Mitsubishi’s Eclipse is back, only beefier than what you might remember it to have been.
Motorcycle manufacturers are exploring ways to employ technology that smacks of that which automakers use to develop automated safety systems.
Liberty Mutual Insurance developed a mobile app that uses machine-vision technology to recognize pixels of an image to compare the image of damage to a vehicle that you take with a smartphone with a database of thousands of crash images.
Acura’s RLX might have seen its glory days fade along with the end of 2015.
For many of us, the idea of retirement means taking your foot off the gas and cruising as much as possible.
The three-passenger (one adult, two children) i-Tril concept car from Toyota is built upon a structure that has the vehicle’s rear axle connected to the cabin by a hinge.
Consumers are told that safer driving links to lower insurance rates. Hence, vehicles that reduce the number of crashes should lead to lower rates.
In May 2015, the federal National Highway Traffic Safety Administration (NHTSA) proposed updated rules for motorcycle helmets.
In December 2016, Volvo launched a pilot program in San Francisco that gives 300 owners of S90 luxury cars or XC90 luxury SUVs the opportunity to use a mobile app to order services, such as a fill-up, maintenance work or a car wash from third-party companies.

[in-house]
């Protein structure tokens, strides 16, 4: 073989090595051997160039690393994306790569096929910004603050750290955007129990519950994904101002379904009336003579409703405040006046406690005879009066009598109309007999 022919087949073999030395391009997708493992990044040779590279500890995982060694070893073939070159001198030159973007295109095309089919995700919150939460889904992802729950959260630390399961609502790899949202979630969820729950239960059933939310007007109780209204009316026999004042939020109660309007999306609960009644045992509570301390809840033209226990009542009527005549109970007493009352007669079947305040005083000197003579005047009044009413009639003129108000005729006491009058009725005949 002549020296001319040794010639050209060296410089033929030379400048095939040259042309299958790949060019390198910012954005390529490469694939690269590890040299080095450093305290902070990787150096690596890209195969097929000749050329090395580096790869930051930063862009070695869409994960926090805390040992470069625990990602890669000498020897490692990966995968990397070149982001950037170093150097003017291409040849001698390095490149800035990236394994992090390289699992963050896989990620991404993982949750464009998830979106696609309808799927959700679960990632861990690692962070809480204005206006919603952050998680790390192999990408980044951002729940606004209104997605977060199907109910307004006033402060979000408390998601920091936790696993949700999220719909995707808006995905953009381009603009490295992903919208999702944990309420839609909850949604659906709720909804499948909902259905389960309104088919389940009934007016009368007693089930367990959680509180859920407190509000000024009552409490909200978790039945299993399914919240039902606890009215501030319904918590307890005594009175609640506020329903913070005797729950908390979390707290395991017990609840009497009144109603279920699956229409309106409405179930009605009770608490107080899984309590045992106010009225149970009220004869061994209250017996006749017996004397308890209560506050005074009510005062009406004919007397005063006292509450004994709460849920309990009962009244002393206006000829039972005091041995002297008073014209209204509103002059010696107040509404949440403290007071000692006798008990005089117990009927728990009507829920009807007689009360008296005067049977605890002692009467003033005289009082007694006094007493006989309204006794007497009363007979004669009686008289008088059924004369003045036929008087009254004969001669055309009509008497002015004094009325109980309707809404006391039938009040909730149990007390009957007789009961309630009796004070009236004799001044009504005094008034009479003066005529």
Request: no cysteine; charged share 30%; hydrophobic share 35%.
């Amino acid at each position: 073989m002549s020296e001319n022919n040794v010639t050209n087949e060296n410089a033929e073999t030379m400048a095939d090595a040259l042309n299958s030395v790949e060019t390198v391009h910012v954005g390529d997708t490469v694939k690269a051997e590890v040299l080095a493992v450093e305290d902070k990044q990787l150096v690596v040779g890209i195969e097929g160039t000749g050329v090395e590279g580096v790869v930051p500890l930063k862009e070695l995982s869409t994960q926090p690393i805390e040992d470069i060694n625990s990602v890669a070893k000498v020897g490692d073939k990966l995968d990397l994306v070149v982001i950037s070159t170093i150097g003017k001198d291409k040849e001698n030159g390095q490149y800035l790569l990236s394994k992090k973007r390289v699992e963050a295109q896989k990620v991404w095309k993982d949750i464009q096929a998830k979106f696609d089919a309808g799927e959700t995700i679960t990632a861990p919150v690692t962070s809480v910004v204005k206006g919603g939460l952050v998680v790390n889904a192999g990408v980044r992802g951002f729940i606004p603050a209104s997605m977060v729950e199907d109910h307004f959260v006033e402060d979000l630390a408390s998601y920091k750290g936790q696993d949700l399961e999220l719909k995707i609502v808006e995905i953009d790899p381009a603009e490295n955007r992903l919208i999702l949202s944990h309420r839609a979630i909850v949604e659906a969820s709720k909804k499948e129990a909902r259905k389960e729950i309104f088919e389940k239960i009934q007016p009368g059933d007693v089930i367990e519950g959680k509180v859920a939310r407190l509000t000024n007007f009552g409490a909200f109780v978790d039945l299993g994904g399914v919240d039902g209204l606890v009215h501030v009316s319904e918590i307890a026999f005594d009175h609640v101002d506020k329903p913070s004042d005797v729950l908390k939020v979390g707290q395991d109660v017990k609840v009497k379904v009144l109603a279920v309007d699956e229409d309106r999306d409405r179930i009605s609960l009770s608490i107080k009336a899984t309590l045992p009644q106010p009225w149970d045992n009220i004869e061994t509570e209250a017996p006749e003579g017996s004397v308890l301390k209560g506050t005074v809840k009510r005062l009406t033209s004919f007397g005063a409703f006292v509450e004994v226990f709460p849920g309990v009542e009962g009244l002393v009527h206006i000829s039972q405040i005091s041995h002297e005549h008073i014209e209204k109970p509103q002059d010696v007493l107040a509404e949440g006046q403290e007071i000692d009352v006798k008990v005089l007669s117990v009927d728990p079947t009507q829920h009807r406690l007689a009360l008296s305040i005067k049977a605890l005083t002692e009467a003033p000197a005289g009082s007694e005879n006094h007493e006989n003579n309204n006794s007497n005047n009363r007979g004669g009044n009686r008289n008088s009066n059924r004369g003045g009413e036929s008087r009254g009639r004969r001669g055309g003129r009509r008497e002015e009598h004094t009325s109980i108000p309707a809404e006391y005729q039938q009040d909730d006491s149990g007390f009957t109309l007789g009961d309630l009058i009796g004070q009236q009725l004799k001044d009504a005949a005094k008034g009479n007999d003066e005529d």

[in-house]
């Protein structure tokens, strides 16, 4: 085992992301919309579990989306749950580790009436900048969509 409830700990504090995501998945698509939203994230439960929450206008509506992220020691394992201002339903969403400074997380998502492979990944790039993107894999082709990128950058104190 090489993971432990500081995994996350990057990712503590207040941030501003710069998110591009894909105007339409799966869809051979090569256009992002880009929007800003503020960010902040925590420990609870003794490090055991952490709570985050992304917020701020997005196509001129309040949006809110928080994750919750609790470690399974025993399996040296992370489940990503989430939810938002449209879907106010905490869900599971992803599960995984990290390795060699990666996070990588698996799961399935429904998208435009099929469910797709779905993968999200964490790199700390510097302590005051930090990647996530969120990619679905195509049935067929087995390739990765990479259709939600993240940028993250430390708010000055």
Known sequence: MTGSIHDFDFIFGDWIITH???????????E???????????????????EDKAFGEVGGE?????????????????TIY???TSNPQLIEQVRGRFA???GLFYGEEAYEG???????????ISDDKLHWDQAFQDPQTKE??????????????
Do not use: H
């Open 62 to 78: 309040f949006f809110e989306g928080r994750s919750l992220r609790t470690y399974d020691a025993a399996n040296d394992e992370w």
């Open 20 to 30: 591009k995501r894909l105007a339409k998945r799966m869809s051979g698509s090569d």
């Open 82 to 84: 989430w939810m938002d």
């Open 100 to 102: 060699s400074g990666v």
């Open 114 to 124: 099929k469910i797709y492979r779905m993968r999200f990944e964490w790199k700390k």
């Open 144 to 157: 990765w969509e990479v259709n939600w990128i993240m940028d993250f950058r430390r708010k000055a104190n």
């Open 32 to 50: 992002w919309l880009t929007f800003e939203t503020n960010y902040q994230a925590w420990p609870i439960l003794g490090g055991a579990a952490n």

Honda Motor announced in January 2017 its new in-vehicle payment service for fuel and parking, in partnership with Visa Checkout.
Tesla founder Elon Musk has made his desire to develop a more fully automated automobile production facility well-known.
In February 2015, several experts told Consumers Digest that they weren’t thrilled with automakers’ level of dedication to secure the wireless technology that's in vehicles.
A patent application that Jaguar Land Rover filed in October 2016 might mean that the automaker plans to use gait- or gesture-recognition technology in future vehicles.
According to Insurance Institute for Highway Safety (IIHS), pickups are leaving drivers’ vision obscured when it comes to the vehicles’ headlights.
As the CEO of a company that champions the equitable treatment of women in the automobile-shopping realm, Jody DeVere’s work includes training automobile salespeople in regard to what’s inappropriate when a woman shops for a vehicle—new or used—at their dealership.
Just because Ferrari is abandoning manual transmissions, that doesn't mean that U.S. sporty cars will follow. However, don't expect more manuals, either.
An automobile analyst tells Consumers Digest that you shouldn’t worry that automakers will make you pay extra to get full mileage performance out of their electric vehicles (EV)—even though one automaker already does.
Ford claims that its new adaptive-steering technology alleviates driver fatigue, which occurs during long hauls and daily driving, by providing easier steering at all speeds.
Will rearview and side mirrors soon be a reflection of the automotive past? National Highway Traffic Safety Administration will require that all new automobiles be equipped with rearview cameras by May 2018.
Despite an influx of new headlight technologies in recent years, most small SUVs do a poor job of illuminating the road ahead, according to Insurance Institute for Highway Safety (IIHS).